State plan being developed for continuation of learning opportunities for students

(March 27, 2020) Maryland public schools, including those in Worcester County, will remained closed for another four weeks, State Superintendent of Schools Dr. Karen Salmon announced on Wednesday.


Gov. Larry Hogan

During a COVID-19 update meeting held by Gov. Larry Hogan, Salmon declared schools will remain closed until Friday, April 24, and daycare options would remain open for families with essential worker employees who require the service.

“We do not make this decision lightly, however, with the challenges our state and our country, we have a responsibility to ensure the health and safety of our school communities, and the communities at large,” Salmon said. “I’m working in concert with all local school system superintendents, including multiple calls per week, in order to provide the continuity of learning to all of our students in every jurisdiction across the state of Maryland during this time.”

Salmon also said the department is working on providing education services during the extended closures.

“We are already working very closely with every school system to address issues affecting their ability to provide educational services to all of their students,” Salmon said. “It also should be noted that we will be diligent in providing educational services to our students with disabilities.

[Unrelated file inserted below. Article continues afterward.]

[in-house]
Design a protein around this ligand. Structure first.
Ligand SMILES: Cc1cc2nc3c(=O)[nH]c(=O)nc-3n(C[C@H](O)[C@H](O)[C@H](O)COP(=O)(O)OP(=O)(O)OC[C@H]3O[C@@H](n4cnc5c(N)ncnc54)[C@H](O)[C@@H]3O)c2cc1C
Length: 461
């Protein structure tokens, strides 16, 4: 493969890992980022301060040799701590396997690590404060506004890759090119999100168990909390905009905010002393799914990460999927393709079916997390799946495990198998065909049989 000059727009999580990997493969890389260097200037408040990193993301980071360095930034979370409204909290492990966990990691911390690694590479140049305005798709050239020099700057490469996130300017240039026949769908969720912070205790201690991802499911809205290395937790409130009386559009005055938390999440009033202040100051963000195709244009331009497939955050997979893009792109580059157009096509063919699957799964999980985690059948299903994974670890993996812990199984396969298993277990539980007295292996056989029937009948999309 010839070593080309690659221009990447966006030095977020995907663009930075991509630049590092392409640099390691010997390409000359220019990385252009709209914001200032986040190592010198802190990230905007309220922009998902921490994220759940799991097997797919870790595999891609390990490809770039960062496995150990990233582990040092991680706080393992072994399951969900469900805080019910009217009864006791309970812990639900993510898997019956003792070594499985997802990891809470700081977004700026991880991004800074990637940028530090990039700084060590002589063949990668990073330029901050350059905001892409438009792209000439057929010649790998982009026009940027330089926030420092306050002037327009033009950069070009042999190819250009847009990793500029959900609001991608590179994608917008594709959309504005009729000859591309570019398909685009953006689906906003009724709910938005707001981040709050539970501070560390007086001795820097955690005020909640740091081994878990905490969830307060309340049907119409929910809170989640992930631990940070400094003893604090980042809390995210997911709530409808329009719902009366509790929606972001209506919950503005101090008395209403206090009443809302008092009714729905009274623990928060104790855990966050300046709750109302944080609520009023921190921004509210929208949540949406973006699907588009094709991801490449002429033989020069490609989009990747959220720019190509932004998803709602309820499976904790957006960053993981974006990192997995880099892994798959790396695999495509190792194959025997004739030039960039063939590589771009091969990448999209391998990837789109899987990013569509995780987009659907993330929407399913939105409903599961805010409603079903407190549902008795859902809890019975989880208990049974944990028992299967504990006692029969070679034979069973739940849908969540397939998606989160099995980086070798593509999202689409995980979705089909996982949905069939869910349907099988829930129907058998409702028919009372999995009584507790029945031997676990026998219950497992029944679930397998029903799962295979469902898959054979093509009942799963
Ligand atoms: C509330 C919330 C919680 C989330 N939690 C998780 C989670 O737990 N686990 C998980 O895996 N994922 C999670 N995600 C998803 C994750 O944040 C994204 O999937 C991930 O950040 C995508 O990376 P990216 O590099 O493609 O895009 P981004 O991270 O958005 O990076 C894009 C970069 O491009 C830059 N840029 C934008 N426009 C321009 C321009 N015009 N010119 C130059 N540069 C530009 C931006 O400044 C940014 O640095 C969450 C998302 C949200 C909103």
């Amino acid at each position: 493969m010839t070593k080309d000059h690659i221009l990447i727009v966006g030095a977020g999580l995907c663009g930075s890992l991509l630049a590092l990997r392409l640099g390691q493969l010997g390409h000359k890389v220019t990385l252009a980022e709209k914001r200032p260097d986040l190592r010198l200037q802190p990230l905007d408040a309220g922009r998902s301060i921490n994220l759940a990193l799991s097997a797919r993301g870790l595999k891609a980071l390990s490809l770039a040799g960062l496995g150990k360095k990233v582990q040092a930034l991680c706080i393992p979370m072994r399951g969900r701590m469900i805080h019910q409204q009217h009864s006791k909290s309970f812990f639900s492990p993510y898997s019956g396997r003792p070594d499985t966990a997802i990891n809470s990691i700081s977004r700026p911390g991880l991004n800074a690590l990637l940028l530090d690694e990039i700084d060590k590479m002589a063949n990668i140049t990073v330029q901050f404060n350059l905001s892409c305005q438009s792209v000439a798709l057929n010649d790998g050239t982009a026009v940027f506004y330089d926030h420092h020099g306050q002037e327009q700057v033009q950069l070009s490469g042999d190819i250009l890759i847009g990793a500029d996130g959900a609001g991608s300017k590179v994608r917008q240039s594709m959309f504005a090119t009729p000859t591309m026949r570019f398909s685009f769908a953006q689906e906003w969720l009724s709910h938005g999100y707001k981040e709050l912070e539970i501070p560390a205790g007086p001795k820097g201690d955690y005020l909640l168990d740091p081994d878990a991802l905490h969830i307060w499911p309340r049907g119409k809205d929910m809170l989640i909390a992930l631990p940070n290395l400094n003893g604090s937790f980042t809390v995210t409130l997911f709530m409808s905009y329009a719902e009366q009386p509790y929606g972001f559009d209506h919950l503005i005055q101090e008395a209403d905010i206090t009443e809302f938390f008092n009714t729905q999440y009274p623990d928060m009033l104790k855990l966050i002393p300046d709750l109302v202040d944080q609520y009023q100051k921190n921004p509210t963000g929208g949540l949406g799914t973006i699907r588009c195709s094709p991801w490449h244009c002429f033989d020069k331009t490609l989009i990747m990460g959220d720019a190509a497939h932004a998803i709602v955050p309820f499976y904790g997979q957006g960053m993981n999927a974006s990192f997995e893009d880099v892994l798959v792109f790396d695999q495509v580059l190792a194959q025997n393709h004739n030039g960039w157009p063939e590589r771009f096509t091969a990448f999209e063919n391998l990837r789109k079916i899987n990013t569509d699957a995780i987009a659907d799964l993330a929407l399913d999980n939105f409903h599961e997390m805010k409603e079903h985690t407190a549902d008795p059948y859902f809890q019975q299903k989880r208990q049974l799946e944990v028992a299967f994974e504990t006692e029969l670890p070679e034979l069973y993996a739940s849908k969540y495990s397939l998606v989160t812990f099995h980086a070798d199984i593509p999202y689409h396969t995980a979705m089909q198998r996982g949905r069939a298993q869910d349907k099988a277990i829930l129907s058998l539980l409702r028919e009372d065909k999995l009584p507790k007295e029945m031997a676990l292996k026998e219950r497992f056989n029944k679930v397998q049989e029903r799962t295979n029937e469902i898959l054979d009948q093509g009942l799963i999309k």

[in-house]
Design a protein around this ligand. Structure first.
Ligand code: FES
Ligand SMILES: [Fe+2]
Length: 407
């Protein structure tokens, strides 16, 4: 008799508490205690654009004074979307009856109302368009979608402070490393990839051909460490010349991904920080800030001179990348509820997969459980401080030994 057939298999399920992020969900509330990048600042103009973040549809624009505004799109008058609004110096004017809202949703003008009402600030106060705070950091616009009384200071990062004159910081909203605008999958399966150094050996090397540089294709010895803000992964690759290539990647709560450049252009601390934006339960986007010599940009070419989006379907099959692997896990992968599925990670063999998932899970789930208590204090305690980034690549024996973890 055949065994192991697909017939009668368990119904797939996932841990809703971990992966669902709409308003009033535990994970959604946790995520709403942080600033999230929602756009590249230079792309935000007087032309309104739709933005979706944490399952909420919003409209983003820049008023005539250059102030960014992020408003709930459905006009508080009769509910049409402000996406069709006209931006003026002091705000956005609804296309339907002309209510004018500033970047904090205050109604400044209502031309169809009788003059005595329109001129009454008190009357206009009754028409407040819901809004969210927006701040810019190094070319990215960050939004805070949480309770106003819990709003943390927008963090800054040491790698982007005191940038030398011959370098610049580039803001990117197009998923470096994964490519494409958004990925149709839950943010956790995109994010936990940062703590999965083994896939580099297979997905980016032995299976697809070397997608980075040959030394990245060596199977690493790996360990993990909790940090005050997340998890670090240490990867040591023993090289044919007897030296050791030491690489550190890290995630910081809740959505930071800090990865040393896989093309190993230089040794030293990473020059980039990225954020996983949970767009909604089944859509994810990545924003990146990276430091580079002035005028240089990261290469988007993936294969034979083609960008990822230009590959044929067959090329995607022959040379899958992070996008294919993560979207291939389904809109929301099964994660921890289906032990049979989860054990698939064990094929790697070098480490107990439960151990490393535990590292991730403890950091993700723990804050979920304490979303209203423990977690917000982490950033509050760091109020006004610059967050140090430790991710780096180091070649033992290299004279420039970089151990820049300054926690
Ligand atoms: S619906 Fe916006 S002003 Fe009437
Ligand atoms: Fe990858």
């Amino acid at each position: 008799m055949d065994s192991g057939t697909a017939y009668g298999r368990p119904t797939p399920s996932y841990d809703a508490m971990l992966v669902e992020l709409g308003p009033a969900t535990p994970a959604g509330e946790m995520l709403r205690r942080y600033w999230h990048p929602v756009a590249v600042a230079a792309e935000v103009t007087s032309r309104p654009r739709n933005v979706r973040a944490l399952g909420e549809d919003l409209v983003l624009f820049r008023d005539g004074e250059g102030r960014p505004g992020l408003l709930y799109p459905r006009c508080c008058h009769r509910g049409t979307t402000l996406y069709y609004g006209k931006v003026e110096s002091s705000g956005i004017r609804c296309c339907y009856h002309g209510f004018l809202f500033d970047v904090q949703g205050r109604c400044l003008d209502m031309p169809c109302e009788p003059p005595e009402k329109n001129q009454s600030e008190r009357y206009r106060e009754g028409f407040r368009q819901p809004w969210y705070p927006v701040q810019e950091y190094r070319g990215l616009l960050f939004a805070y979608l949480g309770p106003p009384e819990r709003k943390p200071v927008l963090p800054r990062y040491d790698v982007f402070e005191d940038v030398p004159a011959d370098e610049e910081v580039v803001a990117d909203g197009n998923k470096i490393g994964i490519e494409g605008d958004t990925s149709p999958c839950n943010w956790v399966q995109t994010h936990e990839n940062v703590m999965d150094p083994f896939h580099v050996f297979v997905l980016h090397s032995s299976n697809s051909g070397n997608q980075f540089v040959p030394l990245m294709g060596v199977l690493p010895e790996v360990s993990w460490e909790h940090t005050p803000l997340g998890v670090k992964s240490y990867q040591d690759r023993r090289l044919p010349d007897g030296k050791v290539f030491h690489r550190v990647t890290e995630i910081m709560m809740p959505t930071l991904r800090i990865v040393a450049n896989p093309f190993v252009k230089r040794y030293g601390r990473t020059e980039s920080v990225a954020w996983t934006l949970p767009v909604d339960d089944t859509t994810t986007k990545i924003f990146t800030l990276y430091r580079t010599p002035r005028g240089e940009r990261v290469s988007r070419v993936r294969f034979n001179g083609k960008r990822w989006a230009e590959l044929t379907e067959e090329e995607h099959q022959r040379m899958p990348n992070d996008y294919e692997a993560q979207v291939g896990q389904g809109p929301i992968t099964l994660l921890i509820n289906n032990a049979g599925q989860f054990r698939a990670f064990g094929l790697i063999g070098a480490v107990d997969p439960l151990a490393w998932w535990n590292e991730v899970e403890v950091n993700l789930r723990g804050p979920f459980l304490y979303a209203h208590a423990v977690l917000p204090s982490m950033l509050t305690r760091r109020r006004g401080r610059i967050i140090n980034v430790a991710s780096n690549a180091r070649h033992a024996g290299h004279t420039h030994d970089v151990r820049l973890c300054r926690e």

“Local superintendents have provided me with their plan for the continuity of learning during this additional closure period,” she continued. “My staff at the Maryland Department of Education has been reviewing the plans and determining what supports and resources the state can provide where needed.”

More information will be made available in the coming days regarding a statewide plan, she added. Salmon said her department will reassess the situation following the end of the next four weeks of school closures.

In addition, childcare and daycare facilities will remain open primarily for children of essential workers such as pharmacists, food and agricultural workers, healthcare employees, communications, bank employees and energy sector workers.

Hogan approved of the decision, and acknowledged that the decision was not easily made.